Lenses, Transducers, and Algebraic Effects#

Homomorphisms#

Homomorphisms are a structure preserving map between two algebraic structures of the same type (e.g. two groups, vector spaces, etc.) that preserves the operations of the structures

• suppose $$f: A \to B$$ is a homomorphism between two sets $$A$$, $$B$$
• suppose $$\cdot$$ is an operation of the structure (e.g. a binary operation)
• $$f(x\cdot y)=f(x)\cdot f(y)$$ for every pair $$x$$, $$y$$ of elements of $$A$$

Common examples

• linear maps: homomorphisms of vector spaces
• isomorphism: a subset of homomorphisms that also have an inverse
• homomorphic encryption: is a form of encryption that permits users to perform computations on its encrypted data without first decrypting it

Functors#

• Functors are structure preserving maps between Categories

• Functors are functions that lift functions to a context

• Functors compose as functions

• Functors == Homomorphisms

You are correct, functors are the structure preserving entities between categories. They could have been called homomorphisms.
I don't know much about the reason for the terminology used, but I think that Mac Lane and Eilenberg, when inventing category theory, borrowed terminology from philosophy where category and functor are known (at least to some)
Polymorphism is common in mathematics. For instance, the structure preserving entities between topological spaces are called continuous rather than homomorphisms.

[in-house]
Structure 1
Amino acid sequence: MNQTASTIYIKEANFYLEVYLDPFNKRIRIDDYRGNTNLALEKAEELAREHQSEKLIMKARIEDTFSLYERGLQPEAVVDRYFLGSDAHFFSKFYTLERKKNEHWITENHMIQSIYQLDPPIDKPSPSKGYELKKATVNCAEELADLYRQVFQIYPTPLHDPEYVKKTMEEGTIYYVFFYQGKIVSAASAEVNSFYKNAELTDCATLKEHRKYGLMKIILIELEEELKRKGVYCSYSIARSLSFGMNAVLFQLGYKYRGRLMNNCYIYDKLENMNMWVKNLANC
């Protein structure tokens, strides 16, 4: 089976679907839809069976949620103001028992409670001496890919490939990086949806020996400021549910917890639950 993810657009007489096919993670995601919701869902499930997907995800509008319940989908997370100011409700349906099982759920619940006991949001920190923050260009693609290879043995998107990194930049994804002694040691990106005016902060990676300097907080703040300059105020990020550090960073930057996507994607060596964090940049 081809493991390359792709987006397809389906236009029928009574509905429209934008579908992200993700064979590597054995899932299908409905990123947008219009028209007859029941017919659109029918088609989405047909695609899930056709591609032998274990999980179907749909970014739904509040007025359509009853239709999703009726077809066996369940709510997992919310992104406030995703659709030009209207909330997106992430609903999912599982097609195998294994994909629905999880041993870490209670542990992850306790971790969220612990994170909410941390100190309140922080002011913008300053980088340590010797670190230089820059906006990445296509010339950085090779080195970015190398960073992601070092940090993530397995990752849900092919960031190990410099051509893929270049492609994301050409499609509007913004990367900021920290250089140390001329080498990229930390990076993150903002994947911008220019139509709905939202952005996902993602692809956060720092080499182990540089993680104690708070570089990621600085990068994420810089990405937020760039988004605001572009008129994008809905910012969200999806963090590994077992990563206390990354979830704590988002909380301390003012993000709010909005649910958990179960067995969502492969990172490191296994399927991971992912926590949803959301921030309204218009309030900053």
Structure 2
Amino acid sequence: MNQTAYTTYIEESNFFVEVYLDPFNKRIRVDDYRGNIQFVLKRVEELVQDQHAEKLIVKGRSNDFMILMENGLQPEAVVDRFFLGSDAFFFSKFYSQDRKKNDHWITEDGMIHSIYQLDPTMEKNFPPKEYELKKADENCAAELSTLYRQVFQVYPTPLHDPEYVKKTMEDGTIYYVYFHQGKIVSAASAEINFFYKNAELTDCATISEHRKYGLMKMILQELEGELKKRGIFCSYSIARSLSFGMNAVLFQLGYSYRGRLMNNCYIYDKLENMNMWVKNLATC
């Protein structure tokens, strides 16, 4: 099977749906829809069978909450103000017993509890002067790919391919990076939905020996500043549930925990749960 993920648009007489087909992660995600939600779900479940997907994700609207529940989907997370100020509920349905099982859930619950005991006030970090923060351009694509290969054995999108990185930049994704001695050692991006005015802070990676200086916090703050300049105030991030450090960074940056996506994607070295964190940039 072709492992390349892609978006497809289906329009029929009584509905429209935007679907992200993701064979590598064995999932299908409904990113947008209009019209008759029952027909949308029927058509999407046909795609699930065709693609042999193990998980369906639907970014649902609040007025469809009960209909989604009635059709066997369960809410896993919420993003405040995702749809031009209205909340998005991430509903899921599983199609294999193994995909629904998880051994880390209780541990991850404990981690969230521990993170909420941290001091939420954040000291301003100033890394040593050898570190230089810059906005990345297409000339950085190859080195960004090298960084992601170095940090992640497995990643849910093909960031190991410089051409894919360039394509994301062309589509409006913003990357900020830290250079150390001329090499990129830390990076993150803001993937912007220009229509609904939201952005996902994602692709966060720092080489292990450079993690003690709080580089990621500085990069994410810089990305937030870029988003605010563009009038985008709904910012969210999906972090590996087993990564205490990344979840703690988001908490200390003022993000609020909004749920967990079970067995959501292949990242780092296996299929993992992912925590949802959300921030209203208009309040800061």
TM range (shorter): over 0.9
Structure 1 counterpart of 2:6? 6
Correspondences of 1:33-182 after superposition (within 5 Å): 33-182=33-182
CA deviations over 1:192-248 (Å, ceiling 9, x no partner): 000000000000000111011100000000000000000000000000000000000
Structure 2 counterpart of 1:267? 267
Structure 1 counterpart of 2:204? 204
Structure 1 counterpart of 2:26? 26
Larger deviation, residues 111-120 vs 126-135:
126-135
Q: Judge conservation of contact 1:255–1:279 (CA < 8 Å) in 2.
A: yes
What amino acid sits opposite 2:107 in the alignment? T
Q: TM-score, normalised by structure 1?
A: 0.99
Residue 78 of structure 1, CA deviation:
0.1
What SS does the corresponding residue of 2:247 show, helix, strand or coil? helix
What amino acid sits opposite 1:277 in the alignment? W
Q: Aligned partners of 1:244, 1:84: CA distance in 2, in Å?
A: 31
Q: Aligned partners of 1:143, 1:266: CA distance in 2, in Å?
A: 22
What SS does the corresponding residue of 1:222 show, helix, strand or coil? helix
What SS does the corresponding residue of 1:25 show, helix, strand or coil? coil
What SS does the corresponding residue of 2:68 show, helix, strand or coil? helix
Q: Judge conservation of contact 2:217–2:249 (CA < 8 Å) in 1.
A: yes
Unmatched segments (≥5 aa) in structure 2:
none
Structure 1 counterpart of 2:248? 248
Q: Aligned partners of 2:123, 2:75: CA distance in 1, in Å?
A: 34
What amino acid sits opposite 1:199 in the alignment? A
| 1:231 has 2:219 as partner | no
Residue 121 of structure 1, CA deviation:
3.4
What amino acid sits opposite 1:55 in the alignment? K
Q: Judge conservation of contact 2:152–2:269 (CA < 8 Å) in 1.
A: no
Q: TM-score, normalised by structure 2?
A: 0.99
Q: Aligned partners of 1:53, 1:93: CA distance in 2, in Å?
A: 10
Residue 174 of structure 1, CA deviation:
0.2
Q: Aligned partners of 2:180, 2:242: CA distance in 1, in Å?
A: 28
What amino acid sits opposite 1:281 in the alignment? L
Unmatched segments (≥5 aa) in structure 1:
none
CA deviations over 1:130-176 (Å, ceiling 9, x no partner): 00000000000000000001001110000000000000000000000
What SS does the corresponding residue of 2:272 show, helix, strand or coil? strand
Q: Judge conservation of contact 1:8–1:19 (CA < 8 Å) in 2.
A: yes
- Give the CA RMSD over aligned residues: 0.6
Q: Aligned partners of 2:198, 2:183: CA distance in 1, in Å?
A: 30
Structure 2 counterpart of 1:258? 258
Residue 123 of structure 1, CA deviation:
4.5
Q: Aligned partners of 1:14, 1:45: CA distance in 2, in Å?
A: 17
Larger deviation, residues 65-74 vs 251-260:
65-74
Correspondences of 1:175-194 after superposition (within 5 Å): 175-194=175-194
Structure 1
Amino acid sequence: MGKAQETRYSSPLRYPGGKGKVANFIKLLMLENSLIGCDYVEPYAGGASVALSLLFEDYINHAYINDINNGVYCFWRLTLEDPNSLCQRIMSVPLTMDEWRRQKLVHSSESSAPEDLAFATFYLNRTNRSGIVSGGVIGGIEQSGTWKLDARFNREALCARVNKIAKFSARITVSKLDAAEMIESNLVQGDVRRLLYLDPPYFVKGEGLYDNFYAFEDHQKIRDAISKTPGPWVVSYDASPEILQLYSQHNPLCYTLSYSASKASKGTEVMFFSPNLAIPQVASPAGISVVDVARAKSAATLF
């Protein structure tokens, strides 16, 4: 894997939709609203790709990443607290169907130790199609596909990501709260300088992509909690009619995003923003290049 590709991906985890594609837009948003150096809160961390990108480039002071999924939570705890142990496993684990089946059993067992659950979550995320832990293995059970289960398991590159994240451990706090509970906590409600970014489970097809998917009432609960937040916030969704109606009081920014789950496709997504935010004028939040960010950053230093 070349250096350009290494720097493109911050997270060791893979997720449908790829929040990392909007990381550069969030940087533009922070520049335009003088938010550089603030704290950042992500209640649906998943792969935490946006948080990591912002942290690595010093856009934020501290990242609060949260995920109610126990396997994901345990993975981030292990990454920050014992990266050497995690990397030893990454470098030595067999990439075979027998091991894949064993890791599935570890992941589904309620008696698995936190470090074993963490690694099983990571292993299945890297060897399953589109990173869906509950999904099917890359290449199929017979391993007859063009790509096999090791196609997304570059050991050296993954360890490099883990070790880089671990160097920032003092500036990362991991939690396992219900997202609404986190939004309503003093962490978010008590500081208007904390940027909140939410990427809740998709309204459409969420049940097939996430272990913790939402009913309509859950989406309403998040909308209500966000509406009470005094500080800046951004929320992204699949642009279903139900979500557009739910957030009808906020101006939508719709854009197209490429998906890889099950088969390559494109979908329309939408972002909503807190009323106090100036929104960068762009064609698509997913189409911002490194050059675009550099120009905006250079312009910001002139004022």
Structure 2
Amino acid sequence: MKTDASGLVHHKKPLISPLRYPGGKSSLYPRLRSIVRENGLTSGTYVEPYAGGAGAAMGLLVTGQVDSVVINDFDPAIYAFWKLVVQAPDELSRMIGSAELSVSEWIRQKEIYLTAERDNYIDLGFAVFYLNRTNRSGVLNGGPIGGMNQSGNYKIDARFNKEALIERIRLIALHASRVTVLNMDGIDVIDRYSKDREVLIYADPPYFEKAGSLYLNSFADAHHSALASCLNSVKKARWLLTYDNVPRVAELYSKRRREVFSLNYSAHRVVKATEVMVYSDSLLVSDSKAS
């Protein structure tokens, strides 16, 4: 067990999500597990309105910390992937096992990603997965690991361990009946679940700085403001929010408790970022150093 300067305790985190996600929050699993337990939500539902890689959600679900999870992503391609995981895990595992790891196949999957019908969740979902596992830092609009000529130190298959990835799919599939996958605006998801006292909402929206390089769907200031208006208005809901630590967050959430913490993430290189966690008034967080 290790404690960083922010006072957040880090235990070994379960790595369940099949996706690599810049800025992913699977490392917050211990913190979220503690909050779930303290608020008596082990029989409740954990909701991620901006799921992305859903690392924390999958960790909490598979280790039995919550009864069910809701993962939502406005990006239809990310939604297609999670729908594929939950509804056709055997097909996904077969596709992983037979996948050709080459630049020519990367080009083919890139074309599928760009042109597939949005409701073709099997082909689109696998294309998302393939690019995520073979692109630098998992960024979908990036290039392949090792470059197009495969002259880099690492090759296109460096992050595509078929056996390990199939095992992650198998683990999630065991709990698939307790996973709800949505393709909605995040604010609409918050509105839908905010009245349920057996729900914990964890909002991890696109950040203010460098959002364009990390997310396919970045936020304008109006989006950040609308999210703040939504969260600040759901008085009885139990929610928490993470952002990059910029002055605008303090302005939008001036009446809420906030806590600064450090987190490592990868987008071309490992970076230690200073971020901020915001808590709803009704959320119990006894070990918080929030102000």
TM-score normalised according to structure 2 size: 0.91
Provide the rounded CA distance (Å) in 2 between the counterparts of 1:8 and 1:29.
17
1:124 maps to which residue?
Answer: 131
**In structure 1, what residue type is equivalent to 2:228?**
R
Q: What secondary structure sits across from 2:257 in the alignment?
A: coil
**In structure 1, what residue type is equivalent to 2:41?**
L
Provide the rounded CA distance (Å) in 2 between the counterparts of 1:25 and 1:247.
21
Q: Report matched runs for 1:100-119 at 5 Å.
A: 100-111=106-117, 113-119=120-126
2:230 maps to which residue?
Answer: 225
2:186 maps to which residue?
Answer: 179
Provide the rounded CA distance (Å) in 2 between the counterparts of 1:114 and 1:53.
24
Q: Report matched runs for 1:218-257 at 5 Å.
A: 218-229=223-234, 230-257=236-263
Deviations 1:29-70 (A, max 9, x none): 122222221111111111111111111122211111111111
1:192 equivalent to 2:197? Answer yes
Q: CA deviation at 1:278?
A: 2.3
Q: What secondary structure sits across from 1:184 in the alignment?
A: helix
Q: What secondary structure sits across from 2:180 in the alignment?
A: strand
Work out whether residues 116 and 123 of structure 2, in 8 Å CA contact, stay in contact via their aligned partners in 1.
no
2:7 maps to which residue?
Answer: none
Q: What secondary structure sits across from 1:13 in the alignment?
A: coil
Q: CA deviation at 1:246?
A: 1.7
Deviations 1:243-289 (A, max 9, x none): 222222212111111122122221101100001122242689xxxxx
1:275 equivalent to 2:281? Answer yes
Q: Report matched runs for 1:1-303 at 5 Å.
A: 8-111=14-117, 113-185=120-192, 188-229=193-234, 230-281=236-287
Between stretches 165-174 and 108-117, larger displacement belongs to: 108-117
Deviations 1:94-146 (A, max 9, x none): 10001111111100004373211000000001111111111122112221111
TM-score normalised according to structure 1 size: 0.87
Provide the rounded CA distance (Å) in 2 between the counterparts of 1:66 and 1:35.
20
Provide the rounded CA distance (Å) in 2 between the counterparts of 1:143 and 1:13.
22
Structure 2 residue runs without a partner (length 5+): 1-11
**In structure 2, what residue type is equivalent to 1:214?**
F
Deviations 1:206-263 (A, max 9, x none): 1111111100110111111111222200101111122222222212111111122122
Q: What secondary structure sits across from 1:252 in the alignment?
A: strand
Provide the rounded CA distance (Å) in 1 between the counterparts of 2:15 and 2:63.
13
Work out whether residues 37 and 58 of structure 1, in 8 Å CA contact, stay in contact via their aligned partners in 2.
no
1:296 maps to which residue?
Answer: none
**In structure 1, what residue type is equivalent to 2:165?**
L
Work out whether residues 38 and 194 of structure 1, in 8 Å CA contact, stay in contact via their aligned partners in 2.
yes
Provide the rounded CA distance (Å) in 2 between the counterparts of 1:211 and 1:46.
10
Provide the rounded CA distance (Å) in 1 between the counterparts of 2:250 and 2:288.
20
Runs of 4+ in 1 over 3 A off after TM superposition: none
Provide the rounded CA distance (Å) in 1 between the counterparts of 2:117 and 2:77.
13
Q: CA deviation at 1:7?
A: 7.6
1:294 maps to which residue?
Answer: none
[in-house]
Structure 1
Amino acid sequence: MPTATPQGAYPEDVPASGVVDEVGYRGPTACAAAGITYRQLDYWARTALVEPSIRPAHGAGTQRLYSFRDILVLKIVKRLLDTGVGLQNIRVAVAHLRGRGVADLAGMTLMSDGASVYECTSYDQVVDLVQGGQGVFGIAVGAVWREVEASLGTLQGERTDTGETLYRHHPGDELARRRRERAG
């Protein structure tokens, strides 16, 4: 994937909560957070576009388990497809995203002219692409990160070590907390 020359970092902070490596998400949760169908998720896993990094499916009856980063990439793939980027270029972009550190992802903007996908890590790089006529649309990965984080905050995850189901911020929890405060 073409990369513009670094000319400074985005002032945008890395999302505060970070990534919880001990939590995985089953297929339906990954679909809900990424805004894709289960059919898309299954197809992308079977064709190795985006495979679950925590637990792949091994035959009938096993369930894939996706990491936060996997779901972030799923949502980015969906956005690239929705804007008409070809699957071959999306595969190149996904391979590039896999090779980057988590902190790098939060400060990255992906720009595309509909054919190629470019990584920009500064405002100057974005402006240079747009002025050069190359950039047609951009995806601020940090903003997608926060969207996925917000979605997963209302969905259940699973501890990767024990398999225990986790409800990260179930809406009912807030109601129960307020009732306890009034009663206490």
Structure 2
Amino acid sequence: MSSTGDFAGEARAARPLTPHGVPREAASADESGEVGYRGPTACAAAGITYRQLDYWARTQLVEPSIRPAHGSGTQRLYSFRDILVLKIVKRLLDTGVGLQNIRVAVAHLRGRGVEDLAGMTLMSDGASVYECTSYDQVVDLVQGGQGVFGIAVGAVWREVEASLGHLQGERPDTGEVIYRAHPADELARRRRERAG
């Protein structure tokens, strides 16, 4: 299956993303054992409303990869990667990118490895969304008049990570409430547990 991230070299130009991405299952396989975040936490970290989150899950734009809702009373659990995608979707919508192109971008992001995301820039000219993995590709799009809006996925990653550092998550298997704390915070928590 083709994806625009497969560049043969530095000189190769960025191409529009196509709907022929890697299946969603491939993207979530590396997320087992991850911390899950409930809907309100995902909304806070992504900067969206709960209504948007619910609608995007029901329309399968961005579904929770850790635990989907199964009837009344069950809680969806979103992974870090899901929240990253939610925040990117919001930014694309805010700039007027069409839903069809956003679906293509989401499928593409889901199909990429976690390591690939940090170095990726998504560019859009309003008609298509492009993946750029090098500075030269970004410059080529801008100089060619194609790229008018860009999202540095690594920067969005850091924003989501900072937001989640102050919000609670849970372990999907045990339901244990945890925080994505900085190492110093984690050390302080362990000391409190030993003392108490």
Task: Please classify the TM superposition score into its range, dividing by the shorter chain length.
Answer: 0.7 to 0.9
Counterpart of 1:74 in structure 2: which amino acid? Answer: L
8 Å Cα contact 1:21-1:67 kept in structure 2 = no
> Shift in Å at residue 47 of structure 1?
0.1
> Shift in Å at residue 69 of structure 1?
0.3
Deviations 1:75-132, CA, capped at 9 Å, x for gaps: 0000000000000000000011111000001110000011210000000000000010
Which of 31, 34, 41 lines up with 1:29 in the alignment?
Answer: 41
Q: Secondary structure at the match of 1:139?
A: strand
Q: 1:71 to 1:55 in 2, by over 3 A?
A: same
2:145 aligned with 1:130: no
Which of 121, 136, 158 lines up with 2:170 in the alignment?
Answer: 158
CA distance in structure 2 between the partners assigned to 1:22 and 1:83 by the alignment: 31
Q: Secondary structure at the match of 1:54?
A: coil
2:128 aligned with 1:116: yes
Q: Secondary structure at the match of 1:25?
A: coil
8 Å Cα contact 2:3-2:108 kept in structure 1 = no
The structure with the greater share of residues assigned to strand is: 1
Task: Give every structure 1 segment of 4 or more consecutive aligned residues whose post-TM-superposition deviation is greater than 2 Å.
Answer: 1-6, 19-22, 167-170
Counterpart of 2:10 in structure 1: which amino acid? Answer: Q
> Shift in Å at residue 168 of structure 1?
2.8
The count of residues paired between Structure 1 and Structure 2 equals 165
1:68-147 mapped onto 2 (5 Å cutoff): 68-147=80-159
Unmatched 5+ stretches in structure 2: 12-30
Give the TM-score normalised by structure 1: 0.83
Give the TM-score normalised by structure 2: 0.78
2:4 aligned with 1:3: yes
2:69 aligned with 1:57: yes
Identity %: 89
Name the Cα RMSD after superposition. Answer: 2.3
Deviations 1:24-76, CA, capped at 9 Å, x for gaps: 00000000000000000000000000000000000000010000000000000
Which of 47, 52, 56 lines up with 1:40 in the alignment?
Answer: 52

And an invertible continuous function with continuous inverse is called a homeomorphism rather than an isomorphism. A structure preserving entity between vectors spaces is called a linear transformation.
A structure preserving mappings between metric spaces is called a short map. And an invertible one is called an isometry rather than an isomorphism. Clearly, historical reasons play a role.

• Connections to transducers
>On the fancy Haskell lens hierarchy (hackage.haskell.org/package/lens) we have the notion of a fold or a "getter which touches multiple items".
>The existence of a fold for a type like Fold s a indicates that we can extract from the type s some number (0 to many) a values in sequence. This is the idea of "Foldable" in Haskell.
>Given a foldable type s and a transducer we execute the transducer by passing the "build" reducer in and then "visiting" each value a inside of s with the reducer that
>the transducer returns (modulo the early stopping bit which is just sort of a Clojure-specific optimization).
>Essentially, the transducer is a notion of "visitation" which is invariant to how the final summary is constructed—essentially the same thing that's captured in the "getter which touches multiple items" of a Fold.
>So there really ought to be a way to treat any specter optic as a possibly very limited transducer. Essentially, the "read" component of a lens will correspond pretty directly.
>We can also see this by remembering that any pure transducer is semantically equivalent to a function a -> [b] which you can read as a way of finding 0-to-many b values "inside" of a.

Lenses#

• a composable getter: whole → part & setter: (whole, part) → whole
• "Lens" because you're "zooming" into a part
• Only looks complicated bc of var Laarhoven style lenses which define the getter & setter in one function and uses clever functor tricks to extract getter/setter
• Protocol/Key operations: